YAZOO CITY, Miss. (AP) — A white father and son in Mississippi have each been sentenced to four years in prison for convictions related to chasing and shooting at two Black teenagers who were riding all-terrain vehicles on a country road.
Some of the charges were prosecuted as hate crimes, which strengthened the punishment.
Wade Oscar Twiner, 49, of Yazoo City, and his son, Lane Irvine Twiner, 23, of Jackson, were sentenced Friday in Yazoo County. Jurors on Wednesday convicted each man of two counts of simple assault and one count of malicious mischief.
The district attorney’s office said the penalty for each simple assault conviction was increased because the men’s actions were deemed hate crimes under Mississippi law, which allows stronger penalties for crimes motivated by the victim’s actual or perceived race, color, ancestry, ethnicity, religion, national origin or gender.
The men were arrested after the Sept. 27 chase in rural Yazoo County. The two teenagers were not injured, but they told investigators they were frightened for their lives.
The teenagers were riding ATVs on a country road close to Wade Twiner’s home, said Chief Deputy Joseph Head of the Yazoo County Sheriff’s Office. The father and son got in a pickup and chased the two teens, firing several shots and bumping into one of the ATVs with the truck. Investigators recovered a 9 mm handgun that night.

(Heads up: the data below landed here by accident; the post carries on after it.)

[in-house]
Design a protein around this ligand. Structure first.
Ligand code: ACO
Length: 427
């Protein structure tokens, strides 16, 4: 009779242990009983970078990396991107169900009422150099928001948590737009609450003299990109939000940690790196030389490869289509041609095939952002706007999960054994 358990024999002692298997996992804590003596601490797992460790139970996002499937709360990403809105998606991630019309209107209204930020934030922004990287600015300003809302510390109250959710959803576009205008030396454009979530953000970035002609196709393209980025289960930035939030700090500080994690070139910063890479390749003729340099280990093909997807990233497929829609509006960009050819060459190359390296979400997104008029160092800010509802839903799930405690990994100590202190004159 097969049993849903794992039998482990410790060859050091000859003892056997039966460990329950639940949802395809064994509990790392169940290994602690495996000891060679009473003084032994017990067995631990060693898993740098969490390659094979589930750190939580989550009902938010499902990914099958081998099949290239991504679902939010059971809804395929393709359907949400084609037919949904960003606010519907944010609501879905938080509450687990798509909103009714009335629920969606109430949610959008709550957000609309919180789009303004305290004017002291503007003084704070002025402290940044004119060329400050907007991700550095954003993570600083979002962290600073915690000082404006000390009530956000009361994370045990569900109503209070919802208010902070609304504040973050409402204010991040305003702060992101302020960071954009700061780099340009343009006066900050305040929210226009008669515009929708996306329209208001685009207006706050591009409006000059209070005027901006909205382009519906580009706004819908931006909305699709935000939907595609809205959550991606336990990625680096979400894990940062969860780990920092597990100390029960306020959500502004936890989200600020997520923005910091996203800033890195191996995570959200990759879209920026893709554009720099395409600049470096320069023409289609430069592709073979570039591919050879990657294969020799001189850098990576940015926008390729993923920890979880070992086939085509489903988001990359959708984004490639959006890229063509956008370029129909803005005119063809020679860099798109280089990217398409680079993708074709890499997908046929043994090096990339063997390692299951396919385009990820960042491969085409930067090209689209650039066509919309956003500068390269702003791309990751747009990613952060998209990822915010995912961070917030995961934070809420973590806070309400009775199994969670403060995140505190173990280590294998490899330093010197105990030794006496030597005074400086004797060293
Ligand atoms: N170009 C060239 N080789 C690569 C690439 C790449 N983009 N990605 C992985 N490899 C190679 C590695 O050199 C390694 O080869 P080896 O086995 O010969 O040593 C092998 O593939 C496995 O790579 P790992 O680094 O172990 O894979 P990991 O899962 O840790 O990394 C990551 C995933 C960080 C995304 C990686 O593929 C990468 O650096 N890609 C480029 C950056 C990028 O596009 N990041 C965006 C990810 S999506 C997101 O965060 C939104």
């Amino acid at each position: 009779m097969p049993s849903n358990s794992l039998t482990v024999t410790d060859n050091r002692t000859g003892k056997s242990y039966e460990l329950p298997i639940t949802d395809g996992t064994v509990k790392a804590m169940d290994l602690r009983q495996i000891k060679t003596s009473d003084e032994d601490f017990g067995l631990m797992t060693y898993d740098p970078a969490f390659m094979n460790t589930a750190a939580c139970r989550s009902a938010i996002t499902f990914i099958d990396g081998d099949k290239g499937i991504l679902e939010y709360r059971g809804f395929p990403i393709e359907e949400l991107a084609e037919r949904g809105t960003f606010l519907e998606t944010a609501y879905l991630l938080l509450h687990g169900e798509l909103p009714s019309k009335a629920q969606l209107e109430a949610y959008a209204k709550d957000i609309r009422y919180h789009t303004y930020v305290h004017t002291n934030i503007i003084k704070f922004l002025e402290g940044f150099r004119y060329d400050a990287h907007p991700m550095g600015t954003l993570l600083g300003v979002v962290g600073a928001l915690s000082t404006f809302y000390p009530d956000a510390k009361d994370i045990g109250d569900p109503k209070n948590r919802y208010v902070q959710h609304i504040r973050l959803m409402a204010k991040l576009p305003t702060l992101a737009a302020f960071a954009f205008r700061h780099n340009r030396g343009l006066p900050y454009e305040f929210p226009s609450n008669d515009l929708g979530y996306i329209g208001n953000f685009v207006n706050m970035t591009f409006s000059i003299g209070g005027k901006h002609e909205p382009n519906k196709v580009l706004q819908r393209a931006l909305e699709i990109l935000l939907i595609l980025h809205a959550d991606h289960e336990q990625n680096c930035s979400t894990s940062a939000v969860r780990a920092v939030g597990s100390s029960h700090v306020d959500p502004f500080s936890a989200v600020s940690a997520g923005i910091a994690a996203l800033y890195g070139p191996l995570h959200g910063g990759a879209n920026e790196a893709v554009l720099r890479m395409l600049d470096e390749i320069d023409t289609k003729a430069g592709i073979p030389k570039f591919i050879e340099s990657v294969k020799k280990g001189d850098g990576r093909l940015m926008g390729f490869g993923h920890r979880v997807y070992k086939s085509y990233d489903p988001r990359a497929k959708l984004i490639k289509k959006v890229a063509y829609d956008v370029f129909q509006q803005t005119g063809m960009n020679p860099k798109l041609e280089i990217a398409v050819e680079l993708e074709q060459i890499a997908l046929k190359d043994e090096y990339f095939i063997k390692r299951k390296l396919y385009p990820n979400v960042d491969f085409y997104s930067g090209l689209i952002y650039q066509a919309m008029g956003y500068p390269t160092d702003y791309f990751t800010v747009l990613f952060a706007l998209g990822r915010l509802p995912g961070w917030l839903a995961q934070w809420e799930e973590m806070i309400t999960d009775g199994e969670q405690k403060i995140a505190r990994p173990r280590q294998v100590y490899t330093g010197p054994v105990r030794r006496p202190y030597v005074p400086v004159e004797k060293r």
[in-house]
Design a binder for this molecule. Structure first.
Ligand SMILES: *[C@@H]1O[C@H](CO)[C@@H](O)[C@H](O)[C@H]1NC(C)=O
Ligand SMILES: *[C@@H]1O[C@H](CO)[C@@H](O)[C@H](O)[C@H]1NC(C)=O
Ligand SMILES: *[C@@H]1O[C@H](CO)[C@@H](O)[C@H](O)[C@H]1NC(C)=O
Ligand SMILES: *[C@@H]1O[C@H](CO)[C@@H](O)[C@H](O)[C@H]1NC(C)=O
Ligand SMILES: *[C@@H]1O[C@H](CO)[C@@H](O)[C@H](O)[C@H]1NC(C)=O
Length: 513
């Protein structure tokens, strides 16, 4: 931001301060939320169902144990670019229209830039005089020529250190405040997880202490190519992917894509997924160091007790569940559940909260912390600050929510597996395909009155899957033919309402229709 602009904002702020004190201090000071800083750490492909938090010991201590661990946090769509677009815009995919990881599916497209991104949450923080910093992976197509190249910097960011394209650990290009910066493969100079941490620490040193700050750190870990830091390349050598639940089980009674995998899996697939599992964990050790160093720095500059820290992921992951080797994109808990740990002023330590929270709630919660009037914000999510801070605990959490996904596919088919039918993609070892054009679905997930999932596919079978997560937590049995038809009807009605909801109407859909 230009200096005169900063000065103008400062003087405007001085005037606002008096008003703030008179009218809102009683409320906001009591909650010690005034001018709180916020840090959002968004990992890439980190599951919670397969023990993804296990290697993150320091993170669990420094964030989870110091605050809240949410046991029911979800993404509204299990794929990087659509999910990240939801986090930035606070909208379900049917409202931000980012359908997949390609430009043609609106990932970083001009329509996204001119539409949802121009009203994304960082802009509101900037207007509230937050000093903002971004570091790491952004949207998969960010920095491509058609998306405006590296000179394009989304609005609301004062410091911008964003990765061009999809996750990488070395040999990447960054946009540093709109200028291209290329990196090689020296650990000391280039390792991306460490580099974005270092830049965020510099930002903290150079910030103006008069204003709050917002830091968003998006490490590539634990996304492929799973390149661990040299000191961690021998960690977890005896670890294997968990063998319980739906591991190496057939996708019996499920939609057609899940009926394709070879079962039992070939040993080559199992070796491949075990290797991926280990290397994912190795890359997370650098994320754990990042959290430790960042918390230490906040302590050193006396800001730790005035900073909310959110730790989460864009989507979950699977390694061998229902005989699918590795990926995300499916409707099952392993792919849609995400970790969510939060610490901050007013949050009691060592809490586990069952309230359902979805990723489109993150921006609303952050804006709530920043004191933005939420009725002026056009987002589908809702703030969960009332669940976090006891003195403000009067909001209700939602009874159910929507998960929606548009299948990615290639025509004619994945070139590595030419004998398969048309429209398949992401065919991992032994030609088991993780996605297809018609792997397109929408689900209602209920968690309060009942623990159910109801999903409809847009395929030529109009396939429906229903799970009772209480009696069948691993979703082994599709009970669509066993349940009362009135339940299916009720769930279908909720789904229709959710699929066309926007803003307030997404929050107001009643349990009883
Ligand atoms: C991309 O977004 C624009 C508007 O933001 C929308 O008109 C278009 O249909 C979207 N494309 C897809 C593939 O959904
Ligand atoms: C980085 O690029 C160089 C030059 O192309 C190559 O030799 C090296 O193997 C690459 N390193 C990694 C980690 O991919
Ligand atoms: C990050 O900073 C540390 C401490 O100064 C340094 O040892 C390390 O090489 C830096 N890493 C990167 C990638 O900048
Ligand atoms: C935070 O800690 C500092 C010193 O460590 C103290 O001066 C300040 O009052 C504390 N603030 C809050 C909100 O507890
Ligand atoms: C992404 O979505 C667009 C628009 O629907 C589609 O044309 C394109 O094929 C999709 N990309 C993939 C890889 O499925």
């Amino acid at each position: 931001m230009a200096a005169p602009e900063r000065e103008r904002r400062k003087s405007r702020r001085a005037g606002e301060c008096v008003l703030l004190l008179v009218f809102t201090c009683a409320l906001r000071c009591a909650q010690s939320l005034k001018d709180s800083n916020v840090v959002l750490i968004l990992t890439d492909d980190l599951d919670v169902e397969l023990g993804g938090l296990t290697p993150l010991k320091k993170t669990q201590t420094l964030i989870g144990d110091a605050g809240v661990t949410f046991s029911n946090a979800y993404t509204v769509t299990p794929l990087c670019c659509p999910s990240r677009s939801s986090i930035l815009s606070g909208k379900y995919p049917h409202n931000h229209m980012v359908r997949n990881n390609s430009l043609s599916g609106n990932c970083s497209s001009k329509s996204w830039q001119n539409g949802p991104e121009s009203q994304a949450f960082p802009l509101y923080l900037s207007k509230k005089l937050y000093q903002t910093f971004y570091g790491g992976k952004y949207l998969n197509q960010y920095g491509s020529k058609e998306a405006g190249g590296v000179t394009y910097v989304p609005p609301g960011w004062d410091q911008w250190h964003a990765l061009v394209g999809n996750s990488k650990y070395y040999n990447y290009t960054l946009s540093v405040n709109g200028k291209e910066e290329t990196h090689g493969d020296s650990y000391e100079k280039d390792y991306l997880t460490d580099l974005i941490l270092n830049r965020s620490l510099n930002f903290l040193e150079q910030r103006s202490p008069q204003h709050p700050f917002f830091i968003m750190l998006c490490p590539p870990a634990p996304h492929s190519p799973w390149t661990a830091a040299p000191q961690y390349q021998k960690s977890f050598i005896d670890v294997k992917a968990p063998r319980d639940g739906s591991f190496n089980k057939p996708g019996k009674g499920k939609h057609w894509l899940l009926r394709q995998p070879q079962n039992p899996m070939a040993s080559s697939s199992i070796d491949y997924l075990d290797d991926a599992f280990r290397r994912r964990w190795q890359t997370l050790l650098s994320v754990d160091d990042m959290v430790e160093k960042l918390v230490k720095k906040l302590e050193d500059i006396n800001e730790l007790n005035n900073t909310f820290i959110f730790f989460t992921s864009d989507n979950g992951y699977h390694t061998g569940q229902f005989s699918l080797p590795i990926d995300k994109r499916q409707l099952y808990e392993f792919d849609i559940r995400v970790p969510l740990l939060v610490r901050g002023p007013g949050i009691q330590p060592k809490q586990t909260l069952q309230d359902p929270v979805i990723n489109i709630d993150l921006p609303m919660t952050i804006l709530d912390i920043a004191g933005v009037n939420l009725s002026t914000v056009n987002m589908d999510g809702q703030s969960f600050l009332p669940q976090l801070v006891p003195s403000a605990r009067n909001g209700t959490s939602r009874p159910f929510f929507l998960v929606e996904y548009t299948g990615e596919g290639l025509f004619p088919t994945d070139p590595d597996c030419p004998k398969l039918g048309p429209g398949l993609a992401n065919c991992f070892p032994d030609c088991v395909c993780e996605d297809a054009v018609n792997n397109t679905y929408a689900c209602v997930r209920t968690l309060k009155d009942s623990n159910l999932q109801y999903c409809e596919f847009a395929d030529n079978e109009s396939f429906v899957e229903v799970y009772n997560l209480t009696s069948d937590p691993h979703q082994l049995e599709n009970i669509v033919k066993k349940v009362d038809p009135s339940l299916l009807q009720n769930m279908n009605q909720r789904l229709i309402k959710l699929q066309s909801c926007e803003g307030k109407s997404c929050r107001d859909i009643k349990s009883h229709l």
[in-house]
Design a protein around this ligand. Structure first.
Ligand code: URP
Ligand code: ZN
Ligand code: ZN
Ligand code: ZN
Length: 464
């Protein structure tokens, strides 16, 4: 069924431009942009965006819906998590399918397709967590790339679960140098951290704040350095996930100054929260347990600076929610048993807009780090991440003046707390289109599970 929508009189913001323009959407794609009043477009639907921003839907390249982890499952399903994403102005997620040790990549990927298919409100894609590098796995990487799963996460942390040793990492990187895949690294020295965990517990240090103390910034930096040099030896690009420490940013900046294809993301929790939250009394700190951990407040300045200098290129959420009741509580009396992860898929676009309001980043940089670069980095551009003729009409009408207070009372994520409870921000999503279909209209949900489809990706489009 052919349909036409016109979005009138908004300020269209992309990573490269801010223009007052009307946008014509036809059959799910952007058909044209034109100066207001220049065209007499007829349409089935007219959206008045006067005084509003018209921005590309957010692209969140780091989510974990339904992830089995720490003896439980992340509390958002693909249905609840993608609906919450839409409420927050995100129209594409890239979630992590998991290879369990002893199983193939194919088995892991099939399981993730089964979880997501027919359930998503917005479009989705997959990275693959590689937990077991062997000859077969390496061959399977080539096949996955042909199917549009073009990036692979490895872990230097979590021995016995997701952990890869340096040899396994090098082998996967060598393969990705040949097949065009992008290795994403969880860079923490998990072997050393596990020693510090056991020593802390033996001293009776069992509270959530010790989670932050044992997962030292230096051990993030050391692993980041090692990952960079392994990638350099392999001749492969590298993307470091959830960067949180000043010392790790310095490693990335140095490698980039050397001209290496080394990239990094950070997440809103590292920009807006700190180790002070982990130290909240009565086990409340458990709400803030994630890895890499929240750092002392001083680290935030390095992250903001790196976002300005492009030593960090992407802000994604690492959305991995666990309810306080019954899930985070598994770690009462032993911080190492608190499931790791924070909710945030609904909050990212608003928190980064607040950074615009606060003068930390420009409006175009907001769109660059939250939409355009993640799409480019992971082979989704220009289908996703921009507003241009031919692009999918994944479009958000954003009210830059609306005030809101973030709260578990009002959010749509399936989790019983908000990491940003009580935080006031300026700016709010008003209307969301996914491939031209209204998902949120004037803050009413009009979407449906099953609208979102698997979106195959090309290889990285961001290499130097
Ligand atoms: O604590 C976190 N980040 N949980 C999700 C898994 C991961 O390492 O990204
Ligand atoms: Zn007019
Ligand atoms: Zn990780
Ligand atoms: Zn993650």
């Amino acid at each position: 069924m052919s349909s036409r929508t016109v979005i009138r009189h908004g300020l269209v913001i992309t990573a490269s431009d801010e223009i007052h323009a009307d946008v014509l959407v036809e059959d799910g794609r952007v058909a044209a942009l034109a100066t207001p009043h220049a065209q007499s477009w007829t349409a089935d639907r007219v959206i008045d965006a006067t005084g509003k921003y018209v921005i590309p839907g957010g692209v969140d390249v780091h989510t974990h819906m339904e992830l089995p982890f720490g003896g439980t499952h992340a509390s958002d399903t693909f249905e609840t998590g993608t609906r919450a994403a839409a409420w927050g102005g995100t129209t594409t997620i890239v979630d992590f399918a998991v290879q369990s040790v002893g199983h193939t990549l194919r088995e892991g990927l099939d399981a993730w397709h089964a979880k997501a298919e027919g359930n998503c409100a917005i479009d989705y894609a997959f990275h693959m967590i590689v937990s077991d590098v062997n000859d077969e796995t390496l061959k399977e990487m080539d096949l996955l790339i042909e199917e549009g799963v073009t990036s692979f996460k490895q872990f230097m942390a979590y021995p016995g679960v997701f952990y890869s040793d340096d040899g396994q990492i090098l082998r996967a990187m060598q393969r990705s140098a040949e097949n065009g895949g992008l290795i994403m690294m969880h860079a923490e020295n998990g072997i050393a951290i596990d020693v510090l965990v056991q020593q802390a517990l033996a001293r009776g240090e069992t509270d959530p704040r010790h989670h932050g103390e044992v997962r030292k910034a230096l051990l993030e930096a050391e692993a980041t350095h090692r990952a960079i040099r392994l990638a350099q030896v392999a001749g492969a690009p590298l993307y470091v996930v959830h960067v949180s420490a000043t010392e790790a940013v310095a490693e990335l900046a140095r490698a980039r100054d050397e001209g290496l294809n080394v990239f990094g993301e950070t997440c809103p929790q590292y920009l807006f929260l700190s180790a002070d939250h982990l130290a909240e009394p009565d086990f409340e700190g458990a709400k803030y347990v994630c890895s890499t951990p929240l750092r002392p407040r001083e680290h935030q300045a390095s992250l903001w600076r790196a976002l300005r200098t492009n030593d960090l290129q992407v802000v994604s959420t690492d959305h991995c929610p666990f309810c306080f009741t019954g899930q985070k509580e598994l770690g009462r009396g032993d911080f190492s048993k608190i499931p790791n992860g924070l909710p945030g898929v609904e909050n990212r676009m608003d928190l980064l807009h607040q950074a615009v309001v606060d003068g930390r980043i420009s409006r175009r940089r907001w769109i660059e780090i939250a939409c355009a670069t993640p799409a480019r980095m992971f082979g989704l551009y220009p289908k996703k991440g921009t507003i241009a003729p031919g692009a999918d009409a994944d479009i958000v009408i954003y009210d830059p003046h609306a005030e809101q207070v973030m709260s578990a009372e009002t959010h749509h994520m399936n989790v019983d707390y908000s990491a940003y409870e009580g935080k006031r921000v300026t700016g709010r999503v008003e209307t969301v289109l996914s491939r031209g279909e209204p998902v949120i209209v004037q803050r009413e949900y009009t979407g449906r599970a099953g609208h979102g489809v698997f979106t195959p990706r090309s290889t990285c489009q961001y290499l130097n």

Yazoo County Sheriff Jake Sheriff told WLBT the Twiners said they own land on both sides of the public road and they should not have to deal with people riding ATVs on the road. Although operating ATVs on public roads is illegal in Mississippi, the law is not strictly enforced. The sheriff said other people were riding ATVs near the Twiners’ home the day they chased and shot at the Black teenagers.
Sheriff told the Clarion Ledger investigators looked at social media posts made by one of the Twiners, including a Facebook post with the phrase “Redneck Neighborhood Watch” and a photo of a Confederate flag.
Until mid-2020, the Confederate battle emblem was part of the Mississippi state flag. Legislators retired that state flag amid criticism that the Confederate symbol is widely considered racist.